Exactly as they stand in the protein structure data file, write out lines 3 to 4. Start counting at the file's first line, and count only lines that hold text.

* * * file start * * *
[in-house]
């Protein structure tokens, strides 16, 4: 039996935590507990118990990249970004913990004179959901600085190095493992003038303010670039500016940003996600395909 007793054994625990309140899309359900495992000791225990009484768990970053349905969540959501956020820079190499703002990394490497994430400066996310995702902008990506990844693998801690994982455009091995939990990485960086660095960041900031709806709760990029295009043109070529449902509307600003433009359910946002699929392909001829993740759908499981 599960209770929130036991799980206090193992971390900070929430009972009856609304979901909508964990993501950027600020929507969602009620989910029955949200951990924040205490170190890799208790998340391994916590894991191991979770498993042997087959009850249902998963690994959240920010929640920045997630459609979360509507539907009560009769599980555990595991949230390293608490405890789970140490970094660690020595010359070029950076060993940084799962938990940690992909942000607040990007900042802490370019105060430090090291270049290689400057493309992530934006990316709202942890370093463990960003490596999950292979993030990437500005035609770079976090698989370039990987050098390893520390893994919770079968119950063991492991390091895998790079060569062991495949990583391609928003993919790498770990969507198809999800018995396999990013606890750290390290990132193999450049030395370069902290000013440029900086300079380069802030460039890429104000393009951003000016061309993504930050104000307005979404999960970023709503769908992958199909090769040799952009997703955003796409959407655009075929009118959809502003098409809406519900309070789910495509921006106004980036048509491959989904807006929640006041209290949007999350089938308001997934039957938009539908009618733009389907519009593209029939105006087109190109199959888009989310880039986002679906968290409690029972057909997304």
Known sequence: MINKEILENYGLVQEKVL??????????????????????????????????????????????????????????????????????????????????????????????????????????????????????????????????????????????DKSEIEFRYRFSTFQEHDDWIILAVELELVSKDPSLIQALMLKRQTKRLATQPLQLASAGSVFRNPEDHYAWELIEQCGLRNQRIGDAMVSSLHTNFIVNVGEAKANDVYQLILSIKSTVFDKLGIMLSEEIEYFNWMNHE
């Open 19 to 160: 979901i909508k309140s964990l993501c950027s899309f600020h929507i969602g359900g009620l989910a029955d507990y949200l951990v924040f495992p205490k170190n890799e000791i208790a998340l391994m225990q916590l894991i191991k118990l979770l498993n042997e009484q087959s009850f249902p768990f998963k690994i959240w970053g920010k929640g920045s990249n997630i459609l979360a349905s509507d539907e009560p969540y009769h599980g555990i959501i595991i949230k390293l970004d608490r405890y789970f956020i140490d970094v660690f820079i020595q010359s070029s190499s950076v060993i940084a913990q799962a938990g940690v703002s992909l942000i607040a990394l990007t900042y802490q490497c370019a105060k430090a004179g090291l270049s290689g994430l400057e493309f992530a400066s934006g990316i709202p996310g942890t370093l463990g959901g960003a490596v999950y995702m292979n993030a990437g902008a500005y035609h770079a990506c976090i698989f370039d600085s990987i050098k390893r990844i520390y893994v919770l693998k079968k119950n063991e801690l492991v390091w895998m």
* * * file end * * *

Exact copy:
Known sequence: MINKEILENYGLVQEKVL??????????????????????????????????????????????????????????????????????????????????????????????????????????????????????????????????????????????DKSEIEFRYRFSTFQEHDDWIILAVELELVSKDPSLIQALMLKRQTKRLATQPLQLASAGSVFRNPEDHYAWELIEQCGLRNQRIGDAMVSSLHTNFIVNVGEAKANDVYQLILSIKSTVFDKLGIMLSEEIEYFNWMNHE
């Open 19 to 160: 979901i909508k309140s964990l993501c950027s899309f600020h929507i969602g359900g009620l989910a029955d507990y949200l951990v924040f495992p205490k170190n890799e000791i208790a998340l391994m225990q916590l894991i191991k118990l979770l498993n042997e009484q087959s009850f249902p768990f998963k690994i959240w970053g920010k929640g920045s990249n997630i459609l979360a349905s509507d539907e009560p969540y009769h599980g555990i959501i595991i949230k390293l970004d608490r405890y789970f956020i140490d970094v660690f820079i020595q010359s070029s190499s950076v060993i940084a913990q799962a938990g940690v703002s992909l942000i607040a990394l990007t900042y802490q490497c370019a105060k430090a004179g090291l270049s290689g994430l400057e493309f992530a400066s934006g990316i709202p996310g942890t370093l463990g959901g960003a490596v999950y995702m292979n993030a990437g902008a500005y035609h770079a990506c976090i698989f370039d600085s990987i050098k390893r990844i520390y893994v919770l693998k079968k119950n063991e801690l492991v390091w895998m």